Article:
We're reading a piece from last year by Christopher Mims in the MIT Technology Review, in which he dumps rather strongly on the notion that "any object can be rapidly synthesized with a little bit of energy and raw materials."
There is a species of magical thinking practiced by geeks whose experience is computers and electronics—realms of infinite possibility that are purposely constrained from the messiness of the physical world—that is typical of Singularitarianism, mid-90s missives about the promise of virtual reality, and now, 3-D printing.
While Virtual Reality has indeed settled into a niche, 3D printing could end up in a very different place. Mims says the concept isn't just early, "it's absurd". While it's true that 3D printing will never "reproduce all the goods on which we rely", that doesn't mean it isn't important.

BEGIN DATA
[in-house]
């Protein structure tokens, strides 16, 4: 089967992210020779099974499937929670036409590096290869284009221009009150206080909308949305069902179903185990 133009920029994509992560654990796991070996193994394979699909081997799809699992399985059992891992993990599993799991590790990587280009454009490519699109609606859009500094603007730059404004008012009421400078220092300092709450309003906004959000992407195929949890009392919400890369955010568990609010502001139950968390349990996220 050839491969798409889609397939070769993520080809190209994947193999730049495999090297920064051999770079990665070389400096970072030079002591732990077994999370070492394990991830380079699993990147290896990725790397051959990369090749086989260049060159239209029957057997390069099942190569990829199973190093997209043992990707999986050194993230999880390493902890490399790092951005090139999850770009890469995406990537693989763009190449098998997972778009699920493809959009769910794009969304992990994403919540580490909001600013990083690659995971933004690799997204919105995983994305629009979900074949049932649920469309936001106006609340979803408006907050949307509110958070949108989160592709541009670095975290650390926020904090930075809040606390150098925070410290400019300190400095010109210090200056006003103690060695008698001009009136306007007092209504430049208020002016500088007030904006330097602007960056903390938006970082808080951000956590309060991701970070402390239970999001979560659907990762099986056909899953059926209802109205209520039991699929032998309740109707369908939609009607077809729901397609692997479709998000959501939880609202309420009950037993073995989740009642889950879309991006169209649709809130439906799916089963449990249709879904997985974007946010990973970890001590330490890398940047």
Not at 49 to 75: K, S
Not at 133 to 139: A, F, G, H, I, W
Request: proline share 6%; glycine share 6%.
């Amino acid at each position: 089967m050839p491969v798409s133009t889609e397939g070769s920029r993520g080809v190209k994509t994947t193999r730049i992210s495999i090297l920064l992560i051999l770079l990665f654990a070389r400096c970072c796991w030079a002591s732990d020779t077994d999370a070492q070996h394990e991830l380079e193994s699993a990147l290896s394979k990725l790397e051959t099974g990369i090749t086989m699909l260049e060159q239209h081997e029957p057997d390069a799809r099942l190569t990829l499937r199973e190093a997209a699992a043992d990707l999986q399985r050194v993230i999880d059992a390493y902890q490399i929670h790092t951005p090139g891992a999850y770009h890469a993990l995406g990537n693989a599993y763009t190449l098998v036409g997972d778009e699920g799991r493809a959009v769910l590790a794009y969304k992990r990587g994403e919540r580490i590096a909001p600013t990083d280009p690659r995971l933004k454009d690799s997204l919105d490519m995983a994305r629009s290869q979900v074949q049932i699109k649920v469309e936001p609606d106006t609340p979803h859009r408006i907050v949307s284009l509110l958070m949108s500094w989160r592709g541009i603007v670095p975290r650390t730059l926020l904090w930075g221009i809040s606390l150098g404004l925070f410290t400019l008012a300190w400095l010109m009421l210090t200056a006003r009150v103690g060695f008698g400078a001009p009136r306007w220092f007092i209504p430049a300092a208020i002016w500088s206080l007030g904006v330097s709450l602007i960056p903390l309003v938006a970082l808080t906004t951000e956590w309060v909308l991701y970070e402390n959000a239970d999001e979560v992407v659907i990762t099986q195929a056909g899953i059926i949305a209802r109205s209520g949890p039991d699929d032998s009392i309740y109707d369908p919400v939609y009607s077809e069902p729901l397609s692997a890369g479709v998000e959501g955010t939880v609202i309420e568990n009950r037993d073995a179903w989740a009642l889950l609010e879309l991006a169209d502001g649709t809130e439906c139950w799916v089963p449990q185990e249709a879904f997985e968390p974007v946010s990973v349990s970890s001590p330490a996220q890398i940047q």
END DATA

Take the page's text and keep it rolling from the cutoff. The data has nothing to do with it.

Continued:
Just as YouTube, cable and on-demand shows replaced the three-channel TV world of the 1950's and 1960's, we'll see 3D printing technology continue to evolve in the next decades. The improvements we've observed since this blog started in 2007 have been massive, and the rate of change has only increased. From homemade unreliable kits printing blobby demi-objects in a noisy fury, we now have mostly reliable ready-to-rock devices from large, reputable companies, capable of printing in very fine resolutions. And don't even ask about the improvements in commercial-level 3D printers, which can now print in probably hundreds of different materials.
Personal 3D printers will emerge using completely new approaches that will continue to refine the product and its capabilities. Numerous ventures now enable easier creation of or access to fantastic 3D models. Where this will end up will certainly be much more than we see today, and should enable people to make increasing amounts of personally customized stuff.